By Tony Kryzanowski
Alberta-based Moore’s Logging believes that big changes could be coming to Alberta forestry, driven largely by the provincial government’s intention to impose a $50 per tonne carbon levy on industry. Loggers may face significant extra costs, such as in the cost of fuel.
Established in 1989 and based in Edson, Alberta, Moore’s Logging is co-owned by Randy and Tina Moore. The outfit believes that it can demonstrate to other loggers —and industry—how to adjust logging practices, reduce fuel consumption, while also implementing a more environmentally-friendly logging method. This is achieved with rubber-tired, purpose-built, forestry machines that they say run far longer, consume less fuel, and have fewer operational expenses than tracked machines.
“We prefer the wheeled harvesters because we can get 40,000 hours out of them without doing seven or eight different engine rebuilds and pump replacements,” says Joe Moore, Randy and Tina’s son, who is operations manager at Moore’s Logging.
Joe says they have taken many John Deere wheeled harvester models, from model A to the current model G, “and we’ve put 38,000 to 40,000 hours on those machines with the original pumps, original booms, and original engines. They operate at lower rpms, so your pumps and engines last longer and your fuel consumption is way down.”
He adds that they have had no problems with undercarriages on those machines, “because, well, we don’t have undercarriages. We’re currently spending upwards of $100,000 to $150,000 a year just in undercarriages among all our tracked machines. That’s a lot of money.”
The most common logging practice in Alberta and in many other provinces is ‘conventional’ logging, which is to harvest trees with a tracked feller buncher, followed by a wheeled skidder that skids trees to decks at roadside. A processor then processes and sorts logs at roadside according to the needs of clients. The logs are then loaded and trucked to the mill.
Moore’s Logging is a stump-to-dump contractor supplying about 400,000 cubic metres for West Fraser Timber. About 125,000 cubic metres is hardwood. The softwood is shipped primarily to West Fraser’s Hinton and Edson sawmills, and the aspen to Weyerhaeuser’s oriented strandboard plant in Edson.
Moore’s Logging started out using wheeled harvesters, but it now operates primarily a conventional logging fleet, consisting of 23 pieces of tracked and wheeled equipment of various makes and models. It consists of three feller bunchers, four skidders, six tracked processors, and three log loaders.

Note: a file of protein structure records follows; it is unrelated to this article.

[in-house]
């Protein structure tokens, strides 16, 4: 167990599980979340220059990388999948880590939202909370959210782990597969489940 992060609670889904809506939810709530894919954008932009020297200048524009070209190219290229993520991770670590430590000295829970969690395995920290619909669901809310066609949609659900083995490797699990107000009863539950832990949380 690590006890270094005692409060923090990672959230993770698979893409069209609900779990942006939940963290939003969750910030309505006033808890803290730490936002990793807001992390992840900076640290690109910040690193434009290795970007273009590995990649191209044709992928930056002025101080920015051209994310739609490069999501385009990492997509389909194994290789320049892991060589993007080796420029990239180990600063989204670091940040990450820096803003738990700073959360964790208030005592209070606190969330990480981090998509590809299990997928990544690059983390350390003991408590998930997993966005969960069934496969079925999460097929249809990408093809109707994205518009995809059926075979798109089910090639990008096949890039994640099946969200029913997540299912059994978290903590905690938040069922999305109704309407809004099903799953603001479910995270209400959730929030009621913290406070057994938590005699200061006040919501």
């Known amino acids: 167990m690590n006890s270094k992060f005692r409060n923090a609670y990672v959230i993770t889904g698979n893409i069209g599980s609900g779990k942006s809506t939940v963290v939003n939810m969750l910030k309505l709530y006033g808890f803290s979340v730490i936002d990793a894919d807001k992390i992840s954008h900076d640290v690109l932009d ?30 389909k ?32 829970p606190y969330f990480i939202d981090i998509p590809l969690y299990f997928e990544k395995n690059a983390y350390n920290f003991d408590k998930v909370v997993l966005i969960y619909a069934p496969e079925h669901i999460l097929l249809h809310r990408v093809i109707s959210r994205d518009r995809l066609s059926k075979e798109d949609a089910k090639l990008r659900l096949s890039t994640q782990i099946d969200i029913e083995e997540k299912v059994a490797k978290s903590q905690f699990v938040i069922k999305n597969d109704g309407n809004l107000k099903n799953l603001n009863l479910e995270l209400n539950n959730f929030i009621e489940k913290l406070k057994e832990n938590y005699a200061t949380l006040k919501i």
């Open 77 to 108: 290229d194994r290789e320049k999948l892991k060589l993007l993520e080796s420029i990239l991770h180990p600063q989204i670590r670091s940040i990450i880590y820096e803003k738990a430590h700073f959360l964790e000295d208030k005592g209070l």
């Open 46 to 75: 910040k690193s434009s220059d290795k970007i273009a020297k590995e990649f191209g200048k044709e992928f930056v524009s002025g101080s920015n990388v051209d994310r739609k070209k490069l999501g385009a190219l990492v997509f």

But they also operate a much smaller wheeled harvester and forwarder operation, where logs are harvested and processed at the stump, and forwarded in cut-to-length (CTL) dimensions to roadside. Given the benefits they have witnessed from this logging method, they hope that other loggers will follow their example, and that forest companies take notice, particularly since this method allows the residuals to stay in the cutblock instead of being burned at roadside.
While it is not known yet how much the carbon levy will cost industry, particularly with the current practice of slash pile burning, Moore’s Logging believes that their logging method gives industry another option, and potentially a way to avoid having to pay the carbon levy.
A longtime believer in the environmental and financial benefits of at-the-stump harvesting and processing using wheeled harvesters and forwarders, the company is currently demonstrating its proposed method of logging to West Fraser. They are not advocating a complete switch to at-the-stump harvesting and forwarding—but they are advocating methods that result in processing at the stump “to get rid of the slash burning.”
And to complement their existing fleet of rubber-tired harvesters, Moore’s Logging recently purchased a TimberPro 840C, eight-wheeled, combo forestry machine, which can function as a harvester, processor, forwarder or clam bunk skidder.
Moore says the reason they purchased the TimberPro 840C was for its versatility and ease of operation. The other wheeled harvesters in their fleet are strictly designed for harvesting and processing.